Iowa Gov. Kim Reynolds sounded a note of cautious optimism Tuesday, a week after announcing new mask requirements and limits on social gatherings that she hopes will slow the spread of COVID-19 and ease the burden on Iowa’s stressed health care system.
Though Iowa’s rates of infections remain high, the number of confirmed cases and the state’s overall positivity rate declined this week compared to the previous week.
“While these are positive signs, it’s too early to know if they’re indicators of a trend,” Reynolds said at a news conference.
In their weekly report to Iowa leaders dated Sunday, White House coronavirus task force members wrote that they are “encouraged by the steps the governor is taking to decrease transmission; this is the first week where the rise in cases is less than previous weeks.”
But the report cautions that although Iowa saw a decrease in new cases and positivity, 99% of the state’s counties have high levels of community transmission and nearly 70% of nursing homes have had a staff member test positive. Iowa was third in the nation for test positivity rate and had the fifth-highest number of cases per 100,000 population.
The White House’s report says COVID-19-related hospitalizations will continue in the coming weeks, but they could be brought to more manageable levels with “increased strong mitigation.”
Those measures included reducing indoor restaurant capacity to under 25%, limiting bar hours and considering a pause on extracurricular school activities. Task force members also recommended targeting coronavirus testing to those under age 35 with no symptoms, as well as conducting active testing in school for teachers and students.
Reynolds announced no new mitigation measures at Tuesday’s news conference, which came as Iowans prepared to celebrate Thanksgiving. She said she will continue to monitor changes in the data and work to target her mitigation efforts to the places she feels they will have the most impact.
“I’ve said all along we’ll dial up and dial down depending on what we see,” she said. “… We’ve seen stabilization, for sure, and possibly maybe a trend down. But it is way, way, way too early to really say this is a trend. And so we’re going to continue to monitor it and see if there’s other things that we need to do.”
‘We’re still seeing high, sustained transmission’
Over the past seven days, Reynolds said, Iowa reported more than 16,600 new cases with an average positivity rate of 14.7%. That’s lower than the previous week, when new cases were at nearly 28,000, with a positivity rate over 24%, she said.
On Nov. 17, Reynolds put in place new mask requirements for certain public settings and new restrictions on gatherings. That proclamation extends through Dec. 10.
Hospitalizations over the past week haven’t returned to their Nov. 17 peak of 1,510. However, the chairperson of the Iowa Hospital Association warned on Tuesday that the Iowa hospital region covering the state’s most populous area —including Polk, Dallas, and Warren counties in the Des Moines metro, and adjacent Story County, home of Ames and Iowa State University — had at times in the last week been down to two or three intensive care unit beds as a result of the COVID-19 pandemic.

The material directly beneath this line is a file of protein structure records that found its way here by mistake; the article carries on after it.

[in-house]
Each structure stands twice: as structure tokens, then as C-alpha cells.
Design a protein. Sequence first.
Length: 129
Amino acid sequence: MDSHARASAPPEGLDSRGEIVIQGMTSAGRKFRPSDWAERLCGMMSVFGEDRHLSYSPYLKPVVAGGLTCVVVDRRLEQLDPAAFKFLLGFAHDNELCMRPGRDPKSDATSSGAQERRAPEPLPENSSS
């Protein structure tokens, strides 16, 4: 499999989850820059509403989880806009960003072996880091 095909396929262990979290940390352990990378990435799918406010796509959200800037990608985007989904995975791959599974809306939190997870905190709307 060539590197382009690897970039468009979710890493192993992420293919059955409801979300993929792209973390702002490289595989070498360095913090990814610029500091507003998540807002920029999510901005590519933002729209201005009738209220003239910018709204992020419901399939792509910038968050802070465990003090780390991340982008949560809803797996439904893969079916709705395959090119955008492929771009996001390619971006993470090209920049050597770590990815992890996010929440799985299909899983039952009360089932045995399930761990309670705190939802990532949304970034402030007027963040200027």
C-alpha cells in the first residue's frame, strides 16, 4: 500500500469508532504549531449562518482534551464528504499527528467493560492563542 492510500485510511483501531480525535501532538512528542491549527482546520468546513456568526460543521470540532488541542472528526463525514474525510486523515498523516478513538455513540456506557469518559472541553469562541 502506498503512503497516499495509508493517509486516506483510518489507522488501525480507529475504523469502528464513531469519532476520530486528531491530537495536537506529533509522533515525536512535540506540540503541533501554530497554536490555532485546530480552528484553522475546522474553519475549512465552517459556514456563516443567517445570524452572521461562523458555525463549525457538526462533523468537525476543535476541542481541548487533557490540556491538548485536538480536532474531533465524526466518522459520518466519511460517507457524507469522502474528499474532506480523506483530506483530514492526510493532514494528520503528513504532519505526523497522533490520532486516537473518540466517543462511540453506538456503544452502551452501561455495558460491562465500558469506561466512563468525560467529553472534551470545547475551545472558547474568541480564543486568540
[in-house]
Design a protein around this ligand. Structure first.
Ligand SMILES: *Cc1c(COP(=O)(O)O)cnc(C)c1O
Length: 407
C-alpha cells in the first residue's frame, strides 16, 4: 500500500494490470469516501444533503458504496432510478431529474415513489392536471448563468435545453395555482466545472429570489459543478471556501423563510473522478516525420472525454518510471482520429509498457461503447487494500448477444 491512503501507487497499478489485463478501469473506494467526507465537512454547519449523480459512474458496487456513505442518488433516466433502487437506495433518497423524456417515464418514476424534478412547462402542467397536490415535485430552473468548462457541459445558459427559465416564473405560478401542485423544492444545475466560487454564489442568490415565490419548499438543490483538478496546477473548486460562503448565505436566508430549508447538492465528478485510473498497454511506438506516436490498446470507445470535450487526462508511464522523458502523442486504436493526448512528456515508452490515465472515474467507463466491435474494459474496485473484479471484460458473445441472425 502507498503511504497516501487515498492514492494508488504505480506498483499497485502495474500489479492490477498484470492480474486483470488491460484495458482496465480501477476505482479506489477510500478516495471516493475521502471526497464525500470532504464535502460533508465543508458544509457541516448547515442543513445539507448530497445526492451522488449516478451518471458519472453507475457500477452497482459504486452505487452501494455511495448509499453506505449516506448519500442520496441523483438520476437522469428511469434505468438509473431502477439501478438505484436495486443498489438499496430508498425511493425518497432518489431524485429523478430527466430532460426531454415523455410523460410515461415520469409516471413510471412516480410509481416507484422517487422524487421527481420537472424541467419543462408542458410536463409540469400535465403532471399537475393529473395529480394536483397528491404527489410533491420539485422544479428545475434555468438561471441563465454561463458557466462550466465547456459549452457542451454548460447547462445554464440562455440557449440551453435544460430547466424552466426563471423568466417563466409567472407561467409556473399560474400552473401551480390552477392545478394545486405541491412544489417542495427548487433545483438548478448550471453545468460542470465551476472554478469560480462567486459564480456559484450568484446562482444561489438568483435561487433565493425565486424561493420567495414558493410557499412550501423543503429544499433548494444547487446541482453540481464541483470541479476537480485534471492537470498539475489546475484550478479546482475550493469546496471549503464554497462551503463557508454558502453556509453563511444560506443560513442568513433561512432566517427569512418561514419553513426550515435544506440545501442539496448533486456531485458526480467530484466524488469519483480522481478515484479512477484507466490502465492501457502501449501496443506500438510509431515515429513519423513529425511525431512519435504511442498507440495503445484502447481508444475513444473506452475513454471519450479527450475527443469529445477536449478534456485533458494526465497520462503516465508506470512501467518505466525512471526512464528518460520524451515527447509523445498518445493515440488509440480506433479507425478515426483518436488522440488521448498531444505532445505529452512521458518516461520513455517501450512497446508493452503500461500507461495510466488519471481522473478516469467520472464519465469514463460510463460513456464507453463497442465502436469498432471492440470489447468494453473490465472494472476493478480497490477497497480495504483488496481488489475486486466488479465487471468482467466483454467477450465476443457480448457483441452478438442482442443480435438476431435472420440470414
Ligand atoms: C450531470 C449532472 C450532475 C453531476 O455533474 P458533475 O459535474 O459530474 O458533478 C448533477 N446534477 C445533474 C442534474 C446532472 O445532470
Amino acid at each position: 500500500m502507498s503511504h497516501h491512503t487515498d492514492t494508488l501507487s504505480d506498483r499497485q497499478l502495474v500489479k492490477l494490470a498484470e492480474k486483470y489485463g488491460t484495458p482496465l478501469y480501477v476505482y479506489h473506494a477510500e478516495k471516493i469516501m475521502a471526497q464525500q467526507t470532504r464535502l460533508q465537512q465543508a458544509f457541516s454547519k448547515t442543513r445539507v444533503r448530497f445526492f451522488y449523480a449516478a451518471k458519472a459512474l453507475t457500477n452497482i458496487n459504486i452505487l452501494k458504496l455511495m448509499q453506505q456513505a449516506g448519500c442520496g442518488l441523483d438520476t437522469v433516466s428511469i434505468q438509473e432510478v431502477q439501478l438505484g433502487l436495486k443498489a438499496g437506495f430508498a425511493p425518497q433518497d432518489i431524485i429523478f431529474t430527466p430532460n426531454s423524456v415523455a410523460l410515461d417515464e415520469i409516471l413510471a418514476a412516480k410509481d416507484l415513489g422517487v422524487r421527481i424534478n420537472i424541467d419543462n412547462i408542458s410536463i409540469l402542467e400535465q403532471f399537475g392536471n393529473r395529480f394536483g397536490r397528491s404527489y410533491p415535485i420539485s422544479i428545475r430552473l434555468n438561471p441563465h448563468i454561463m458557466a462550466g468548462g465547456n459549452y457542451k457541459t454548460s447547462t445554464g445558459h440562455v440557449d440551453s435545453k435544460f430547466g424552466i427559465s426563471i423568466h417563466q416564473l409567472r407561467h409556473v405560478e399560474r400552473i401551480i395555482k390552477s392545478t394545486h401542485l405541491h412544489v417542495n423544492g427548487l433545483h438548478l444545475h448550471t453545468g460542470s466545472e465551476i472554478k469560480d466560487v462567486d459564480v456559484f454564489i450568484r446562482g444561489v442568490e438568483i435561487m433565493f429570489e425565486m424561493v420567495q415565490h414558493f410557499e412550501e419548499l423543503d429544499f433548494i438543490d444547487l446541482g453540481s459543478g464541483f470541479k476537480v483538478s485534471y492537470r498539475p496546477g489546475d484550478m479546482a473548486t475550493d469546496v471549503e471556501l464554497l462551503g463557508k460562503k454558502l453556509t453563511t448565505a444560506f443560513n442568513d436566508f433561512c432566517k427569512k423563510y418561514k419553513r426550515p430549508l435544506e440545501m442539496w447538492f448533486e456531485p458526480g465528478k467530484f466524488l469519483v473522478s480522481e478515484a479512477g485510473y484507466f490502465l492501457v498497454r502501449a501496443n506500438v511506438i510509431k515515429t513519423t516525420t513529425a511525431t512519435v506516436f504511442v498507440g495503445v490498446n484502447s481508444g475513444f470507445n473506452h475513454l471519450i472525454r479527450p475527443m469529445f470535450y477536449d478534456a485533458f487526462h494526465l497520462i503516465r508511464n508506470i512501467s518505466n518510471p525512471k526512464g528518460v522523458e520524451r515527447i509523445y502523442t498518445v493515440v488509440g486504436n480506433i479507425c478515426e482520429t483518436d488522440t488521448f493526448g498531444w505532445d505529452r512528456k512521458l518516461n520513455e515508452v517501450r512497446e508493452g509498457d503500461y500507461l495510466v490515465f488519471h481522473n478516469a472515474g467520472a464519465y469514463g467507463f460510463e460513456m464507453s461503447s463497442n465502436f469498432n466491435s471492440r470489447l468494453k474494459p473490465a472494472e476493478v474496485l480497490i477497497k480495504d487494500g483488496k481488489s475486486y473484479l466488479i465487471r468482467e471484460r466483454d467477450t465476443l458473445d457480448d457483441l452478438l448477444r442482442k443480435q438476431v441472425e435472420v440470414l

In a briefing with stakeholders Tuesday, Polk County Health Department Director Helen Eddy said statistics in Iowa’s most populous county are beginning to stabilize, but it is by no means “out of the woods.”
“We are still seeing high, sustained transmission of the virus throughout our community,” she said. “We need to drive our infection rate significantly lower between now and January because if we do not, we will be facing a particularly dark winter.”
Reynolds encouraged Iowans making Thanksgiving plans to follow guidance from the U.S. Centers for Disease Control and Prevention and the Iowa Department of Public Health, including that people should follow precautions as they travel and refrain from traveling if they have symptoms like a fever or cough, or if they are awaiting coronavirus test results.
The White House task force report also recommends Iowans wear masks indoors around vulnerable family members.
Long-term care facility outbreaks continue to rise
Tuesday’s news conference came as outbreaks at Iowa long-term care facilities continued to spike. As of noon Tuesday, the state was reporting 144 outbreaks, defined as at least three residents testing positive for the coronavirus. The total represents about one-third of all facilities in the state, and is more than a 50% increase from last week.
Reynolds said Tuesday the state has been in contact with the state’s facilities to ensure they have enough testing capacity and that they are looking at visitation guidance.
“We’re talking with the leaders of our health systems and our hospitals, we’re reaching out to long-term care facilities and we’re discussing additional steps that may need to be taken to keep our most vulnerable safe,” Reynolds said.
Reynolds last week said she would provide $14 million in federal Coronavirus Aid, Relief and Economic Security Act money to the facilities to help with increased costs related to testing and staffing. The state additionally released updated guidelines on emergency staffing.
Reynolds’ news conference Tuesday came eight months to the day after Reynolds announced the state’s first COVID-19 death. As of 10 a.m. Tuesday, the state reported 2,224 COVID-19 related deaths, an increase of 19 over the state’s tally the previous morning.
The state reported 215,582 confirmed cases of coronavirus, an increase of 3,860 since Monday. Hospitalizations showed an uptick, rising from 1,333 Monday to 1,351 Tuesday.